With both these examples one lip gets a great deal more contact with the mouthpiece rim than the other lip. With upstream players, who pull the mouthpiece and lips down to ascend, the rim is placed more on the upper lip. Pulling the upper lip down with the mouthpiece may be assisting the player increase compression and make the higher register easier. When the upstream player pushes the lips and mouthpiece up to descend it relaxes some of the lip compression. Now consider a downstream performer who places the mouthpiece with much more rim contact on the lower lip. The embouchure motion of pushing up to ascend would be opposite, bringing the lower lip up into the upper lips and aiding in the lip compression for high notes. Pulling down would be opposite, easing off on the some of the lip compression.
I suspect that the amount of rim contact makes a difference for the general direction of the embouchure motion. Exploring further, what do we see if we compare downstream players who push up to ascend with downstream players who pull down?
The trombonist on the top pushes up to ascend, while the one bellow pulls down. Notice also how there is less rim contact on the lower lip for the player who pulls down to ascend. Both players place the mouthpiece so that there is more upper lip and the upper lip predominates (downstream), but there is something that makes these two players’ embouchure function differently. Looking at a large number of downstream players shows that players with a great deal of rim contact on the lower lip almost always will have an embouchure motion pushing up to ascend, while downstream players that place closer to half and half will almost always pull down. I ran some statistics on this phenomenon for my doctoral dissertation (The correlation between Doug Elliott’s embouchure types and selected physical and playing characteristics) and found a significant relationship (p < .01 at the .777 level, for those of you understand a Pearson Correlation). In other words, players who place the mouthpiece close to the nose push up to ascend while players who place somewhat lower pull down.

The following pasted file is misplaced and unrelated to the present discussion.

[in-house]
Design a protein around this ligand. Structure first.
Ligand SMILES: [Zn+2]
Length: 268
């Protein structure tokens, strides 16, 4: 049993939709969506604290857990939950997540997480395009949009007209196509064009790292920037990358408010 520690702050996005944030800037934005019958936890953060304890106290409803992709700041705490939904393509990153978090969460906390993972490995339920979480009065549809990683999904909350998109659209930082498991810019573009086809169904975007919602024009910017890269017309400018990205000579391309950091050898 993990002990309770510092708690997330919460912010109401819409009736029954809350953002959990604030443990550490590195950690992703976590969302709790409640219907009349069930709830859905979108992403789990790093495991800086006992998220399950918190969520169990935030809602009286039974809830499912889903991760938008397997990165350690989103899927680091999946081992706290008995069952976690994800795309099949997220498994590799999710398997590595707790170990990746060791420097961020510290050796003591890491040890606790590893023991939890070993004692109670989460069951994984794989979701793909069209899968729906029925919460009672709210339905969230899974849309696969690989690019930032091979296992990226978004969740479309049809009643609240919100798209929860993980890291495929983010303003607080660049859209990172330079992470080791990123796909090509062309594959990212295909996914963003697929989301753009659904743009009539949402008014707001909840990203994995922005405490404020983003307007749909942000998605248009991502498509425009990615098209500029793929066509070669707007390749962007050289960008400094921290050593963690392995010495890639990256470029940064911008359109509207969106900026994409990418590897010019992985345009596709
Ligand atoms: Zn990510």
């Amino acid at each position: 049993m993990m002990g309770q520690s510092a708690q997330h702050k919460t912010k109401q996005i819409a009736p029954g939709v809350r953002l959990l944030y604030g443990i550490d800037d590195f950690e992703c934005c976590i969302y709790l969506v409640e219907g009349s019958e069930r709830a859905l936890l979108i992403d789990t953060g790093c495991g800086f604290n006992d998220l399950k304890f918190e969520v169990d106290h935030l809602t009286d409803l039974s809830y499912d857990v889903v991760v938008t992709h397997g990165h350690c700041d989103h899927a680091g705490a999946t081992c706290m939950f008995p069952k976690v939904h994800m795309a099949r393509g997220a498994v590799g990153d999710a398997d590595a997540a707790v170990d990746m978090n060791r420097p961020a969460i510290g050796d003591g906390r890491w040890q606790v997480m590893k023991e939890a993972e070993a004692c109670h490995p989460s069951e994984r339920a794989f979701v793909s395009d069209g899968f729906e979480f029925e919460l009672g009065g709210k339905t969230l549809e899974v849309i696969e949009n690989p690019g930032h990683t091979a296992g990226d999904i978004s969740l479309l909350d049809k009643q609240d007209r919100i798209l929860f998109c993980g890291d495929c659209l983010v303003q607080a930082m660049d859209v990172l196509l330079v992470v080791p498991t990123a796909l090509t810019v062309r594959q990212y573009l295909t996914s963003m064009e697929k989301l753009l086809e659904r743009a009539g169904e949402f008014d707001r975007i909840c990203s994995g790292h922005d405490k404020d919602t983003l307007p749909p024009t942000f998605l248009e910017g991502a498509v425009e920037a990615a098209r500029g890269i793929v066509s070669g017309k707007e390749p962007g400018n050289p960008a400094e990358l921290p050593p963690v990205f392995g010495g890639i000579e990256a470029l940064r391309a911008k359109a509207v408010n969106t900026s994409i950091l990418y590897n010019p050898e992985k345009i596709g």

There is some difference in the embouchure form and function for downstream players who have an embouchure motion to pull down to ascend, but I can’t come up with any reason why this would be so. Doug Elliott (one of my teachers and whose embouchure type classifications I used for my dissertation) speculated that this embouchure type gets its lip compression more from a forward/backward pinching together of the two lips rather than an up/down sort of pinching. If that’s the case, then perhaps pulling the upper lip down is keeping the upper lip in the proper position while the forward compression of the lower lip might be pushing the upper lip up and out. Some players of this embouchure type have told me they don’t have the playing sensation of pinching their lips forward and backward like this, but playing sensations are pretty unreliable. When I’ve looked at these players in a transparent mouthpiece I sometimes see a lip position that does look like compression is derived from pinching the lips forward and backward, but often times they don’t. There are some other embouchure characteristics that can be different for players of this embouchure type, so perhaps there are other factors at work that make these players function similarly, but for different reasons.
This is a pretty complicated topic, and I’m going to try to address this in more detail in the near future. I’ve recently collected some new video footage of some different players with interesting things going on in their embouchure motion and I’d like to make that available for people to check out. In another week or so my teaching schedule should settle down a bit for the new semester and I’ll have the time to put together a new presentation.